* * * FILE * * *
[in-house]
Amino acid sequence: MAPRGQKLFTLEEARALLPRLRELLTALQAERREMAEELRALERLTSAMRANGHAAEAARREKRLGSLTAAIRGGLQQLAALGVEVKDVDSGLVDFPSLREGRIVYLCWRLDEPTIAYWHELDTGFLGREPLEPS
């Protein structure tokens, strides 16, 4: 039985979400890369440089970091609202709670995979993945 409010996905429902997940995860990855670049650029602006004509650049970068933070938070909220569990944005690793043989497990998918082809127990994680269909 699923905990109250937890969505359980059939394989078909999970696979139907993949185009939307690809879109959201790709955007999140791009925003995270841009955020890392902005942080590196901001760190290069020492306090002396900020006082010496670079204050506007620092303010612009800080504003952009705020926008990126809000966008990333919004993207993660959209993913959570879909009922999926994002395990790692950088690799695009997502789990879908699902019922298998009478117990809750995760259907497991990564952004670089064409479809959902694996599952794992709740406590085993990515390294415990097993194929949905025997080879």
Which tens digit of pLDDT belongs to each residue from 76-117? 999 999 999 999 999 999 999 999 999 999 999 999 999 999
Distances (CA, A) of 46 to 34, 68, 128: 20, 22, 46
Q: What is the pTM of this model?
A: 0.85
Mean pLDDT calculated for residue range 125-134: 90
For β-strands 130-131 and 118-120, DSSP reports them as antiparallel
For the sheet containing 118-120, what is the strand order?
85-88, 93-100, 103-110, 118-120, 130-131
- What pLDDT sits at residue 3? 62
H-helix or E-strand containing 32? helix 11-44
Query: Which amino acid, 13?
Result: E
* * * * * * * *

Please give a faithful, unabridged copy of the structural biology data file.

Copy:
[in-house]
Amino acid sequence: MAPRGQKLFTLEEARALLPRLRELLTALQAERREMAEELRALERLTSAMRANGHAAEAARREKRLGSLTAAIRGGLQQLAALGVEVKDVDSGLVDFPSLREGRIVYLCWRLDEPTIAYWHELDTGFLGREPLEPS
């Protein structure tokens, strides 16, 4: 039985979400890369440089970091609202709670995979993945 409010996905429902997940995860990855670049650029602006004509650049970068933070938070909220569990944005690793043989497990998918082809127990994680269909 699923905990109250937890969505359980059939394989078909999970696979139907993949185009939307690809879109959201790709955007999140791009925003995270841009955020890392902005942080590196901001760190290069020492306090002396900020006082010496670079204050506007620092303010612009800080504003952009705020926008990126809000966008990333919004993207993660959209993913959570879909009922999926994002395990790692950088690799695009997502789990879908699902019922298998009478117990809750995760259907497991990564952004670089064409479809959902694996599952794992709740406590085993990515390294415990097993194929949905025997080879």
Which tens digit of pLDDT belongs to each residue from 76-117? 999 999 999 999 999 999 999 999 999 999 999 999 999 999
Distances (CA, A) of 46 to 34, 68, 128: 20, 22, 46
Q: What is the pTM of this model?
A: 0.85
Mean pLDDT calculated for residue range 125-134: 90
For β-strands 130-131 and 118-120, DSSP reports them as antiparallel
For the sheet containing 118-120, what is the strand order?
85-88, 93-100, 103-110, 118-120, 130-131
- What pLDDT sits at residue 3? 62
H-helix or E-strand containing 32? helix 11-44
Query: Which amino acid, 13?
Result: E